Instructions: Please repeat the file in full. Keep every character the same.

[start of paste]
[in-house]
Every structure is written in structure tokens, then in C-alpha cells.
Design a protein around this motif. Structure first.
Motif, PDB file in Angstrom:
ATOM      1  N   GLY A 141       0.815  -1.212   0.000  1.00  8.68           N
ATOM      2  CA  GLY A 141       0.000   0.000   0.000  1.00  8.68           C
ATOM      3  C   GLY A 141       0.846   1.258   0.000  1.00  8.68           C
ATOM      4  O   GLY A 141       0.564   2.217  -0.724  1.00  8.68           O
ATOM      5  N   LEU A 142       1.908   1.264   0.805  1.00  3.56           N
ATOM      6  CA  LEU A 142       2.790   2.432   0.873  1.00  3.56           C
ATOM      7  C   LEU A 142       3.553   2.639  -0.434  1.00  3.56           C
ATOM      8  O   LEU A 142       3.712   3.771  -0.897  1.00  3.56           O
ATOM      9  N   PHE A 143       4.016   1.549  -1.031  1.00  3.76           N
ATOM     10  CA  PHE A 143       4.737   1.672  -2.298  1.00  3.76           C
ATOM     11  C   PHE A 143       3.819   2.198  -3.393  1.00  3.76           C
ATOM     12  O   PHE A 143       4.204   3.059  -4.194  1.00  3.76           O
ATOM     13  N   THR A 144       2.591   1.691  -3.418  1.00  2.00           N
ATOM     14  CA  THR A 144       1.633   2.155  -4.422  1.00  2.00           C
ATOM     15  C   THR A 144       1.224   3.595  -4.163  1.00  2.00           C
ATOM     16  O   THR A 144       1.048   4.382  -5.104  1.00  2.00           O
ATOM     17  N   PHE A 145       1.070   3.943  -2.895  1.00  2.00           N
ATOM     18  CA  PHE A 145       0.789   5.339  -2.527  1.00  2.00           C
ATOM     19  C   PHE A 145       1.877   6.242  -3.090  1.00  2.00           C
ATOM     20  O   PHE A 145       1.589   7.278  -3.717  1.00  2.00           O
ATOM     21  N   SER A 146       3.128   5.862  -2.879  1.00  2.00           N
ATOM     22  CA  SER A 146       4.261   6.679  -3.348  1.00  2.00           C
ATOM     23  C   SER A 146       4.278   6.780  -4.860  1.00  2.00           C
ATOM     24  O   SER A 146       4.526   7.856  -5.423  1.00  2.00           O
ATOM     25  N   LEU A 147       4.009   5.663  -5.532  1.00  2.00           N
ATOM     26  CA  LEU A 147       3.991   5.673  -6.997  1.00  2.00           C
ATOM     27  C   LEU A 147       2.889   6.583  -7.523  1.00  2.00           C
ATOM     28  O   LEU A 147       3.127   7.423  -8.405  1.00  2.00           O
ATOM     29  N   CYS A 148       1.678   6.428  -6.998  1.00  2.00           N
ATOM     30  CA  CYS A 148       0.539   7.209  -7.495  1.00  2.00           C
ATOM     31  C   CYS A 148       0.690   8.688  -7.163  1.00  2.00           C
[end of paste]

[in-house]
Every structure is written in structure tokens, then in C-alpha cells.
Design a protein around this motif. Structure first.
Motif, PDB file in Angstrom:
ATOM      1  N   GLY A 141       0.815  -1.212   0.000  1.00  8.68           N
ATOM      2  CA  GLY A 141       0.000   0.000   0.000  1.00  8.68           C
ATOM      3  C   GLY A 141       0.846   1.258   0.000  1.00  8.68           C
ATOM      4  O   GLY A 141       0.564   2.217  -0.724  1.00  8.68           O
ATOM      5  N   LEU A 142       1.908   1.264   0.805  1.00  3.56           N
ATOM      6  CA  LEU A 142       2.790   2.432   0.873  1.00  3.56           C
ATOM      7  C   LEU A 142       3.553   2.639  -0.434  1.00  3.56           C
ATOM      8  O   LEU A 142       3.712   3.771  -0.897  1.00  3.56           O
ATOM      9  N   PHE A 143       4.016   1.549  -1.031  1.00  3.76           N
ATOM     10  CA  PHE A 143       4.737   1.672  -2.298  1.00  3.76           C
ATOM     11  C   PHE A 143       3.819   2.198  -3.393  1.00  3.76           C
ATOM     12  O   PHE A 143       4.204   3.059  -4.194  1.00  3.76           O
ATOM     13  N   THR A 144       2.591   1.691  -3.418  1.00  2.00           N
ATOM     14  CA  THR A 144       1.633   2.155  -4.422  1.00  2.00           C
ATOM     15  C   THR A 144       1.224   3.595  -4.163  1.00  2.00           C
ATOM     16  O   THR A 144       1.048   4.382  -5.104  1.00  2.00           O
ATOM     17  N   PHE A 145       1.070   3.943  -2.895  1.00  2.00           N
ATOM     18  CA  PHE A 145       0.789   5.339  -2.527  1.00  2.00           C
ATOM     19  C   PHE A 145       1.877   6.242  -3.090  1.00  2.00           C
ATOM     20  O   PHE A 145       1.589   7.278  -3.717  1.00  2.00           O
ATOM     21  N   SER A 146       3.128   5.862  -2.879  1.00  2.00           N
ATOM     22  CA  SER A 146       4.261   6.679  -3.348  1.00  2.00           C
ATOM     23  C   SER A 146       4.278   6.780  -4.860  1.00  2.00           C
ATOM     24  O   SER A 146       4.526   7.856  -5.423  1.00  2.00           O
ATOM     25  N   LEU A 147       4.009   5.663  -5.532  1.00  2.00           N
ATOM     26  CA  LEU A 147       3.991   5.673  -6.997  1.00  2.00           C
ATOM     27  C   LEU A 147       2.889   6.583  -7.523  1.00  2.00           C
ATOM     28  O   LEU A 147       3.127   7.423  -8.405  1.00  2.00           O
ATOM     29  N   CYS A 148       1.678   6.428  -6.998  1.00  2.00           N
ATOM     30  CA  CYS A 148       0.539   7.209  -7.495  1.00  2.00           C
ATOM     31  C   CYS A 148       0.690   8.688  -7.163  1.00  2.00           C